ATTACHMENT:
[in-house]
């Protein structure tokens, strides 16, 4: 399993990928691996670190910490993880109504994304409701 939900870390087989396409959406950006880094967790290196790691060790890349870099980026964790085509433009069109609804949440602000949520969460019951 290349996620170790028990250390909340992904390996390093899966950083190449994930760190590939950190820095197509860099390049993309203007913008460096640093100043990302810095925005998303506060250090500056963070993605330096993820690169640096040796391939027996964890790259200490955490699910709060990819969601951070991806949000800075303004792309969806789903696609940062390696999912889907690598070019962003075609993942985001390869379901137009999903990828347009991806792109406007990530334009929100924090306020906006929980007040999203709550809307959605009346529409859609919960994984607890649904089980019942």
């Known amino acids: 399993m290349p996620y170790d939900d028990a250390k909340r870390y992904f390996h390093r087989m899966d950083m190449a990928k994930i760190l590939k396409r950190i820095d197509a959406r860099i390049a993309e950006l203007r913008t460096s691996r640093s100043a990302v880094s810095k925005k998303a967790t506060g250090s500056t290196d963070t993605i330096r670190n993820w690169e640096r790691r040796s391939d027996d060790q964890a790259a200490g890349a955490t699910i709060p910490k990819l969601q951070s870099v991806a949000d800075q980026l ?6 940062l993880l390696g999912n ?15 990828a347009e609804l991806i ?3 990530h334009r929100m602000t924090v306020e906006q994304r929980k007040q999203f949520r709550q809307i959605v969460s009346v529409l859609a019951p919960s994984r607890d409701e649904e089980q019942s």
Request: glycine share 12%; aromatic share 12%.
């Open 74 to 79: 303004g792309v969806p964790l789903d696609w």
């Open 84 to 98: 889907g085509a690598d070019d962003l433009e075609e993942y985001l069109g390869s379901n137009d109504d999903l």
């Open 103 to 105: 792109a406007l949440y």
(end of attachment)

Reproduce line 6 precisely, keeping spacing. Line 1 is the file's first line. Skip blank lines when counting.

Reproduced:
């Open 84 to 98: 889907g085509a690598d070019d962003l433009e075609e993942y985001l069109g390869s379901n137009d109504d999903l």